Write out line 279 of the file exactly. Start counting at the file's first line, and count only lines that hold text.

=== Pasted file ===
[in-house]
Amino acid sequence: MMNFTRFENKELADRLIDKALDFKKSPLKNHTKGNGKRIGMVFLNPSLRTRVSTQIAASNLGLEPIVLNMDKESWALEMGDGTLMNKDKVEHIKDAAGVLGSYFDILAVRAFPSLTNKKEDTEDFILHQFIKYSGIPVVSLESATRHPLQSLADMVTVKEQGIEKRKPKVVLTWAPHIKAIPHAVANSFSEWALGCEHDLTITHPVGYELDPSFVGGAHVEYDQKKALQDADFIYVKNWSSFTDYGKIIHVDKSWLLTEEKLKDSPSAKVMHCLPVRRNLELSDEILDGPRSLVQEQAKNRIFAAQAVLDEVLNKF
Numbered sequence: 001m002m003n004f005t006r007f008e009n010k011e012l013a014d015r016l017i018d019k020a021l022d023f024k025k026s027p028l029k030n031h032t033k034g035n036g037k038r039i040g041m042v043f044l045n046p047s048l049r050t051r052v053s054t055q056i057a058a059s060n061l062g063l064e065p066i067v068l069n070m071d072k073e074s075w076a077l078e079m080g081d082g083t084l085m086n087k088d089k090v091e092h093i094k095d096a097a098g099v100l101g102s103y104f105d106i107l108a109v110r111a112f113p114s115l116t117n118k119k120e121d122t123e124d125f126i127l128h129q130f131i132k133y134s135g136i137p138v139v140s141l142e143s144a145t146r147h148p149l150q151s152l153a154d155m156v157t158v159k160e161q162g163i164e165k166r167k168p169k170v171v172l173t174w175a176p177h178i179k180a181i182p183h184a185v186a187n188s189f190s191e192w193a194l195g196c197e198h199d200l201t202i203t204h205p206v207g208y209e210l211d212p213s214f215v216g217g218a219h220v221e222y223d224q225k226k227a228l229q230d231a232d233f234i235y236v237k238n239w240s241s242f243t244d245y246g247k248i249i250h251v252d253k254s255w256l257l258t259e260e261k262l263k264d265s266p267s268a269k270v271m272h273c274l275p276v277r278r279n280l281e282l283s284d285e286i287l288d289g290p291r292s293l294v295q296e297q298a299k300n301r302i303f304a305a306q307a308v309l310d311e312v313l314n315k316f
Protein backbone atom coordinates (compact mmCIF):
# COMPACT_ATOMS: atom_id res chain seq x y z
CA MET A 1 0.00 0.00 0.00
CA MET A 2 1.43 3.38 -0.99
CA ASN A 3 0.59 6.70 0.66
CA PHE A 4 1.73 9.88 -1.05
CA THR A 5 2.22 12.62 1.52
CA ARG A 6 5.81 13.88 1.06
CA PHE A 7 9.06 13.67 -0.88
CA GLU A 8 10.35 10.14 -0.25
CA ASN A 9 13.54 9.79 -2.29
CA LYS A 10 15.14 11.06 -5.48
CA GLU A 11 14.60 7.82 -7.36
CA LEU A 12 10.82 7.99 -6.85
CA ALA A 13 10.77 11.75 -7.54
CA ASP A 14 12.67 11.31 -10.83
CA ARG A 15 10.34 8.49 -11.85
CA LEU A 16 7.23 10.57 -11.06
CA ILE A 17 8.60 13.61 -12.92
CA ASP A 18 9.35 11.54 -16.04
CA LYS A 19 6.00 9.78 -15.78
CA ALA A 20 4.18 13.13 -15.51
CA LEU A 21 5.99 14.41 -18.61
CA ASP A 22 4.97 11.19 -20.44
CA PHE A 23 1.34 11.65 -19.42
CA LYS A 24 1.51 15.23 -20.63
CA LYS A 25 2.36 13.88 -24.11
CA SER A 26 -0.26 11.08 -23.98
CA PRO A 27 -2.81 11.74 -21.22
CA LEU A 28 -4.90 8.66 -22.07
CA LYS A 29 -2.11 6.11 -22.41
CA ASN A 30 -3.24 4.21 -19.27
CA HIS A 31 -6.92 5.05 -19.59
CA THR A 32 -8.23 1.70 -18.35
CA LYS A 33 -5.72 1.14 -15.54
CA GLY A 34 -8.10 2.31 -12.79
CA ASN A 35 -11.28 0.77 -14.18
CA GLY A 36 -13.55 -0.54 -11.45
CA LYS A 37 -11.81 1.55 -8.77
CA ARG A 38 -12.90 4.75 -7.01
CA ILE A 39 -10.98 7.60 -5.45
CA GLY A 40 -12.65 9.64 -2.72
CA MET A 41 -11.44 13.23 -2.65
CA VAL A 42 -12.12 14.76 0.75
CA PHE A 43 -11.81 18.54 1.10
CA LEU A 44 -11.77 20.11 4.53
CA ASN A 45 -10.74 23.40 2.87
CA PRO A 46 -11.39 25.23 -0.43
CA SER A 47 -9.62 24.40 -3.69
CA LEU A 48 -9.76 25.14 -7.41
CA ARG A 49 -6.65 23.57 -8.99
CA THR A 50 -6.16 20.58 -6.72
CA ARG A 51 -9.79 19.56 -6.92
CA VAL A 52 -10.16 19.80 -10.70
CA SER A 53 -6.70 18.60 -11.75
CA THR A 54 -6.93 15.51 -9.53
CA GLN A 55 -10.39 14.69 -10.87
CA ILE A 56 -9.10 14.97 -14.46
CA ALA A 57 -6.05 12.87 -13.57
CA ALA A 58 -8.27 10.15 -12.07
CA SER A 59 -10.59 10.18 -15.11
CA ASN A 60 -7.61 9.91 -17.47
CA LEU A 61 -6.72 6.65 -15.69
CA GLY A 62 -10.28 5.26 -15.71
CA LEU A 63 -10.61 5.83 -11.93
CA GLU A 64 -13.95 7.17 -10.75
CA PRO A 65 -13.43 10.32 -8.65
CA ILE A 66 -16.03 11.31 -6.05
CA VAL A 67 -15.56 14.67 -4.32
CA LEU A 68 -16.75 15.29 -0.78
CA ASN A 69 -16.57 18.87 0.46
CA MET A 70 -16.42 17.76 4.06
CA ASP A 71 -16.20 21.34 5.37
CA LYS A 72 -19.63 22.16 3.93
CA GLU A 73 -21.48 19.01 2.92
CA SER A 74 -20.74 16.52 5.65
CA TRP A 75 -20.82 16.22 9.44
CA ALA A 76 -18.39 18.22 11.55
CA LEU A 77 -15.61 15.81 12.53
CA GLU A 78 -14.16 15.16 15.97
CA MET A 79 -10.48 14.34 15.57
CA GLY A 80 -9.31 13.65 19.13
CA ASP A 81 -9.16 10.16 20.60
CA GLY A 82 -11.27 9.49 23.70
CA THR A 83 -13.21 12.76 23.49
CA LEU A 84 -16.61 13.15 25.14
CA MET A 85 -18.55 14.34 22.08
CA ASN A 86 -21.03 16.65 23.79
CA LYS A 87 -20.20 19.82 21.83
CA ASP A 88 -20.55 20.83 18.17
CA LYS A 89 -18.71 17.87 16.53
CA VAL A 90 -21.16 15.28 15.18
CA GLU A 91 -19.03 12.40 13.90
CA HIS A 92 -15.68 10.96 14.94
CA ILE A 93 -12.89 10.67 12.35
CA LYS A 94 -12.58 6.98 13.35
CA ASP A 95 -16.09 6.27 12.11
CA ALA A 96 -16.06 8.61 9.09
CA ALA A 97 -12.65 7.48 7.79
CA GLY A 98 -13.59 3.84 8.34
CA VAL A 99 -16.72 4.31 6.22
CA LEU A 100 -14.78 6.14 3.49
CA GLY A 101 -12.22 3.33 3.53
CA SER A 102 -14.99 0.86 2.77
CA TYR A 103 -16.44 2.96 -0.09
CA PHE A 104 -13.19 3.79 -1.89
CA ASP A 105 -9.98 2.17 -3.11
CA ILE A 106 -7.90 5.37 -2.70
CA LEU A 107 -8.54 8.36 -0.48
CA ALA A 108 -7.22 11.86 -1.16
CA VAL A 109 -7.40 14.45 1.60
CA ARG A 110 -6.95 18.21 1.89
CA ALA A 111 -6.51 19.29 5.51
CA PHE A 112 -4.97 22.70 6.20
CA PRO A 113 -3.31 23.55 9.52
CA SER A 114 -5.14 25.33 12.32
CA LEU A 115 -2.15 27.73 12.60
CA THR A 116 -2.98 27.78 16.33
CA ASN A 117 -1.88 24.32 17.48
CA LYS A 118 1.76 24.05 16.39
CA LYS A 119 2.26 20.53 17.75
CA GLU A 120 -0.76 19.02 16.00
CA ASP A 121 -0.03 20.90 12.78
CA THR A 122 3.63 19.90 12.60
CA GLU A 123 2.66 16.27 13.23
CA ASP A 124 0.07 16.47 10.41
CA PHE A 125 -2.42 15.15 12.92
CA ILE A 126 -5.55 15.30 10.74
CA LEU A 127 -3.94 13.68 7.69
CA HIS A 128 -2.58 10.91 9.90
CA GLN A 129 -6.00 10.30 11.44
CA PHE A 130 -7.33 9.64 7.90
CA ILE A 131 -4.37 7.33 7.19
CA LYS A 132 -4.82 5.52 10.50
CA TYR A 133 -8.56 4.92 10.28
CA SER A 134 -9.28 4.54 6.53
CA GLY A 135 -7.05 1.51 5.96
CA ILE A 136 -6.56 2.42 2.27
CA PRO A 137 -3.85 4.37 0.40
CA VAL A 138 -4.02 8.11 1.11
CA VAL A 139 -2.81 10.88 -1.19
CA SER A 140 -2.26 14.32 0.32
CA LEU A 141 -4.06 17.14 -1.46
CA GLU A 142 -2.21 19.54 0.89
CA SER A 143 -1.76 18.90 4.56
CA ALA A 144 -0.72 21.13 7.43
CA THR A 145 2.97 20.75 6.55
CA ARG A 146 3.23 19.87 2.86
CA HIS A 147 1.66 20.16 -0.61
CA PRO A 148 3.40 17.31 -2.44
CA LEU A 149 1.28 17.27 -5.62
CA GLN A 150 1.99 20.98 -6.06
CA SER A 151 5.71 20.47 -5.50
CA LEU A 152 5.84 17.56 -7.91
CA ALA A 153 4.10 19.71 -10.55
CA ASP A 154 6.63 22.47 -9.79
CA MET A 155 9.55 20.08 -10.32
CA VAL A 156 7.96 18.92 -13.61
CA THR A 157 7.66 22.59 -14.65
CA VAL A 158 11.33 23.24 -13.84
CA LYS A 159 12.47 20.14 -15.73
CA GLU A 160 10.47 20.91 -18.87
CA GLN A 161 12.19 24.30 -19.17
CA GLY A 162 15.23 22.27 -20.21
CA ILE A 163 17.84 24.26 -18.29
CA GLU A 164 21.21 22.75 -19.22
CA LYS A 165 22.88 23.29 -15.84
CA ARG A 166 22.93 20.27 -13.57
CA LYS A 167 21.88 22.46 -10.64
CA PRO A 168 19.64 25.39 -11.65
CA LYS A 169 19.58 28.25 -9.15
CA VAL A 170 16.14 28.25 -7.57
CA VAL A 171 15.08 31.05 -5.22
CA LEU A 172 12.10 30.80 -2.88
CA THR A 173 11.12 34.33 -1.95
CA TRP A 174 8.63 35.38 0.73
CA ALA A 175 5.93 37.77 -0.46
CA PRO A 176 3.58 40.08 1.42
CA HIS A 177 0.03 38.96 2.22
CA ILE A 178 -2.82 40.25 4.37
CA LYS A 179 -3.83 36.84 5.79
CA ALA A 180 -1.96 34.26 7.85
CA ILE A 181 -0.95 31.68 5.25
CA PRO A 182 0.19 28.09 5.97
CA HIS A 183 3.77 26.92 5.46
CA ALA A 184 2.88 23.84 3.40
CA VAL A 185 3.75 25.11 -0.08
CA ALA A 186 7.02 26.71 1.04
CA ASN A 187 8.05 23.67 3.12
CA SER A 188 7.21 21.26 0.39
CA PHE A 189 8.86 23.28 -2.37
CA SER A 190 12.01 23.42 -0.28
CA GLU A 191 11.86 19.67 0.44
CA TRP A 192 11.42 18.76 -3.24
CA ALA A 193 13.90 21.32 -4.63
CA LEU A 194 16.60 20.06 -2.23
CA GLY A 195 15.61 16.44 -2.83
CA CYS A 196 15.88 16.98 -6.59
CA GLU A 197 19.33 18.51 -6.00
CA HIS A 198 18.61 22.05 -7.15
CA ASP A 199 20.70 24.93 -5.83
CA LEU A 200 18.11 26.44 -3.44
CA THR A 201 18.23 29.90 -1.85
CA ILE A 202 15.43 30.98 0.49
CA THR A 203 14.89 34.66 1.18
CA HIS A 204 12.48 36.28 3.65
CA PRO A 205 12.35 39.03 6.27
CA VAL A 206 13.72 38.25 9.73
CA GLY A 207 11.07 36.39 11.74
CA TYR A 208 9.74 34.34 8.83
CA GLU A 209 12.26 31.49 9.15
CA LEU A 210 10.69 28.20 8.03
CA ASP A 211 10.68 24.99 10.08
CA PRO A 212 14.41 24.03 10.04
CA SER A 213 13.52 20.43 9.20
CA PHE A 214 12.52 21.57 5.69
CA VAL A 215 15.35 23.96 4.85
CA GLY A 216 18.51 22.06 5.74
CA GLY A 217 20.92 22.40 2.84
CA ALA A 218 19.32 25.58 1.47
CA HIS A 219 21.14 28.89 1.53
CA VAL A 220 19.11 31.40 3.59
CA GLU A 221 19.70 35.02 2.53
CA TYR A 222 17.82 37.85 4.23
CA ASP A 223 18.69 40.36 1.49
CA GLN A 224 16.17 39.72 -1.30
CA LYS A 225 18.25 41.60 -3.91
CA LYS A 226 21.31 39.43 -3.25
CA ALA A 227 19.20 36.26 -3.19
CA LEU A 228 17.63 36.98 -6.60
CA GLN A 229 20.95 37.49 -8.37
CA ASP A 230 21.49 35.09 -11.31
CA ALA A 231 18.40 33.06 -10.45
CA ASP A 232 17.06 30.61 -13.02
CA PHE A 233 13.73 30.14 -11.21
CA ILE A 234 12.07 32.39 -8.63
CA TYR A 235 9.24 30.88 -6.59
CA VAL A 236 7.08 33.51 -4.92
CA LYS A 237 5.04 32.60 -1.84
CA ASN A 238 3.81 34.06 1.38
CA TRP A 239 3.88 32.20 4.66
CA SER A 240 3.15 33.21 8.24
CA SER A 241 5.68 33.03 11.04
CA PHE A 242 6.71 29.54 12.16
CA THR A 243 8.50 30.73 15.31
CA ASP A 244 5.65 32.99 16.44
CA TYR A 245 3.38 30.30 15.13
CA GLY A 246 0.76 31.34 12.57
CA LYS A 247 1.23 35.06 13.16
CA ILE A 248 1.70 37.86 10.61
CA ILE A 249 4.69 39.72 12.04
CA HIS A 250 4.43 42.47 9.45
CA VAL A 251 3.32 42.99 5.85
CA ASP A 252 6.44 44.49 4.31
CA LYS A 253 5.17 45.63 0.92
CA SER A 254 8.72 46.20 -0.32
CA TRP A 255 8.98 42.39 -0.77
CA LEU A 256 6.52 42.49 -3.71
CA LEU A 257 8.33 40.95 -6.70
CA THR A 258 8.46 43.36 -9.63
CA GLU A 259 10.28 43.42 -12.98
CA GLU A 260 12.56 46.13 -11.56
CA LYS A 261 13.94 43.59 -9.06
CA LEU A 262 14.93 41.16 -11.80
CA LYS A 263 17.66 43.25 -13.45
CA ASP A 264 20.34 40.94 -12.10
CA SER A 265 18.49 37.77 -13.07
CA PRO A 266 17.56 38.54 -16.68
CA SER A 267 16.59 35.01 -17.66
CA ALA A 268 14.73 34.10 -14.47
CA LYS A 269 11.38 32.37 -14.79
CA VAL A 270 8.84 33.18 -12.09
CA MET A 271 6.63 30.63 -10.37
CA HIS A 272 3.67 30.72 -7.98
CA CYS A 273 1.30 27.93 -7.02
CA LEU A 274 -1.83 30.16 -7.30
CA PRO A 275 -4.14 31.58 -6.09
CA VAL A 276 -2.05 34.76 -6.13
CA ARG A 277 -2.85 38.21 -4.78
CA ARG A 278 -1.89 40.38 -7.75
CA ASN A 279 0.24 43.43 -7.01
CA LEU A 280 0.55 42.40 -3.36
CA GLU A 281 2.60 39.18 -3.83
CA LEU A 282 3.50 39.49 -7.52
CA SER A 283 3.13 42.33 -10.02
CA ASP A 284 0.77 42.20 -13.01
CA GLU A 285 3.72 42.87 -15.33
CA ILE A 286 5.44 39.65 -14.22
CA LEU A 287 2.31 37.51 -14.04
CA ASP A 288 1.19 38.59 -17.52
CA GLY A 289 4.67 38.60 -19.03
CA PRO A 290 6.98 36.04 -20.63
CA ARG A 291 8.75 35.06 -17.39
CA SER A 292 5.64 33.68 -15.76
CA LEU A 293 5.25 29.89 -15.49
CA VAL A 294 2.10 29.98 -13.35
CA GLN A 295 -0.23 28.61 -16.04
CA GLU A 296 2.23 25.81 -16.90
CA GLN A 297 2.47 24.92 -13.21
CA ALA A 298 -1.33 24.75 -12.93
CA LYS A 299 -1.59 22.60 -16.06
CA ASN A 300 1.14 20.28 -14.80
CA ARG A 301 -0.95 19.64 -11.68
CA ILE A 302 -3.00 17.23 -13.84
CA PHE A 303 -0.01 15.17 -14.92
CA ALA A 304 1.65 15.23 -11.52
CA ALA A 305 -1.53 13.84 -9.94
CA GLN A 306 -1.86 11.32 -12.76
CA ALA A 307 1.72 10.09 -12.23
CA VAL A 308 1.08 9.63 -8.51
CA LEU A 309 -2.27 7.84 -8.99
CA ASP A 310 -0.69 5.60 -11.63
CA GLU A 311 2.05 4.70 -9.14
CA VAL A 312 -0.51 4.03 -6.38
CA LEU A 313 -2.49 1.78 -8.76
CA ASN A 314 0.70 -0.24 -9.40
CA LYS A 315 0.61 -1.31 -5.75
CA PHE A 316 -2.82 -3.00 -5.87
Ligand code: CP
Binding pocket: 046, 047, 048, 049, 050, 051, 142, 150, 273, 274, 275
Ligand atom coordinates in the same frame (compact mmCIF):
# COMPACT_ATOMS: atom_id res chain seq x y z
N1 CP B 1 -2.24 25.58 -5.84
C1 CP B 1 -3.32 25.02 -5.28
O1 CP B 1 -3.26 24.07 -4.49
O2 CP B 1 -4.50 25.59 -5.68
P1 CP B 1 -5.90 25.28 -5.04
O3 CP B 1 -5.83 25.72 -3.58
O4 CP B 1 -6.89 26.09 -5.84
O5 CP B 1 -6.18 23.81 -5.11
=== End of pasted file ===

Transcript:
CA LEU A 274 -1.83 30.16 -7.30